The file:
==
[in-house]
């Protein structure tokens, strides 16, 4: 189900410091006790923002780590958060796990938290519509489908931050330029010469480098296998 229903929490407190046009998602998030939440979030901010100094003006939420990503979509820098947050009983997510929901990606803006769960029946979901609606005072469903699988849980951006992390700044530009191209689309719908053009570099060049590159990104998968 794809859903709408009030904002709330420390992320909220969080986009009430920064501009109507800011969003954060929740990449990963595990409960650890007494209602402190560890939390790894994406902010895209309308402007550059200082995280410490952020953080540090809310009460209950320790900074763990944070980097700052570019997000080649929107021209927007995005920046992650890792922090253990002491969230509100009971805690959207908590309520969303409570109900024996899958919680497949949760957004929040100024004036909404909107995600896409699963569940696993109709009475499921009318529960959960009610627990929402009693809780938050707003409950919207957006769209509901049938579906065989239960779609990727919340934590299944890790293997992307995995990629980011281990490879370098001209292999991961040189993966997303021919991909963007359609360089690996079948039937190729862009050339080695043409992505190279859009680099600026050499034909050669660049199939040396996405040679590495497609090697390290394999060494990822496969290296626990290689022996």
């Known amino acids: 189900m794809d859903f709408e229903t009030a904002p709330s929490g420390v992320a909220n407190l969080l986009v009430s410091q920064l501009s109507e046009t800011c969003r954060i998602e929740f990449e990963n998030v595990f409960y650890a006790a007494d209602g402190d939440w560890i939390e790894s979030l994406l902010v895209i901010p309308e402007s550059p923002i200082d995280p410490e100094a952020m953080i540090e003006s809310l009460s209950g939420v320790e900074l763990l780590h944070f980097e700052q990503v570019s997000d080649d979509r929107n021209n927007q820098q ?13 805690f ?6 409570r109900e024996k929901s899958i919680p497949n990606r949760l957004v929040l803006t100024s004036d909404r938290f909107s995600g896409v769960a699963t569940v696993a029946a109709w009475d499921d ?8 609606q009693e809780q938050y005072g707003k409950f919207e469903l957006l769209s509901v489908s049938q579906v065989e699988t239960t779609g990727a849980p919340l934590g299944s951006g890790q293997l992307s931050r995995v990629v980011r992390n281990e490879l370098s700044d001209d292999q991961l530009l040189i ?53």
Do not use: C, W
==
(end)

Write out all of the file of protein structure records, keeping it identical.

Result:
[in-house]
């Protein structure tokens, strides 16, 4: 189900410091006790923002780590958060796990938290519509489908931050330029010469480098296998 229903929490407190046009998602998030939440979030901010100094003006939420990503979509820098947050009983997510929901990606803006769960029946979901609606005072469903699988849980951006992390700044530009191209689309719908053009570099060049590159990104998968 794809859903709408009030904002709330420390992320909220969080986009009430920064501009109507800011969003954060929740990449990963595990409960650890007494209602402190560890939390790894994406902010895209309308402007550059200082995280410490952020953080540090809310009460209950320790900074763990944070980097700052570019997000080649929107021209927007995005920046992650890792922090253990002491969230509100009971805690959207908590309520969303409570109900024996899958919680497949949760957004929040100024004036909404909107995600896409699963569940696993109709009475499921009318529960959960009610627990929402009693809780938050707003409950919207957006769209509901049938579906065989239960779609990727919340934590299944890790293997992307995995990629980011281990490879370098001209292999991961040189993966997303021919991909963007359609360089690996079948039937190729862009050339080695043409992505190279859009680099600026050499034909050669660049199939040396996405040679590495497609090697390290394999060494990822496969290296626990290689022996």
């Known amino acids: 189900m794809d859903f709408e229903t009030a904002p709330s929490g420390v992320a909220n407190l969080l986009v009430s410091q920064l501009s109507e046009t800011c969003r954060i998602e929740f990449e990963n998030v595990f409960y650890a006790a007494d209602g402190d939440w560890i939390e790894s979030l994406l902010v895209i901010p309308e402007s550059p923002i200082d995280p410490e100094a952020m953080i540090e003006s809310l009460s209950g939420v320790e900074l763990l780590h944070f980097e700052q990503v570019s997000d080649d979509r929107n021209n927007q820098q ?13 805690f ?6 409570r109900e024996k929901s899958i919680p497949n990606r949760l957004v929040l803006t100024s004036d909404r938290f909107s995600g896409v769960a699963t569940v696993a029946a109709w009475d499921d ?8 609606q009693e809780q938050y005072g707003k409950f919207e469903l957006l769209s509901v489908s049938q579906v065989e699988t239960t779609g990727a849980p919340l934590g299944s951006g890790q293997l992307s931050r995995v990629v980011r992390n281990e490879l370098s700044d001209d292999q991961l530009l040189i ?53």
Do not use: C, W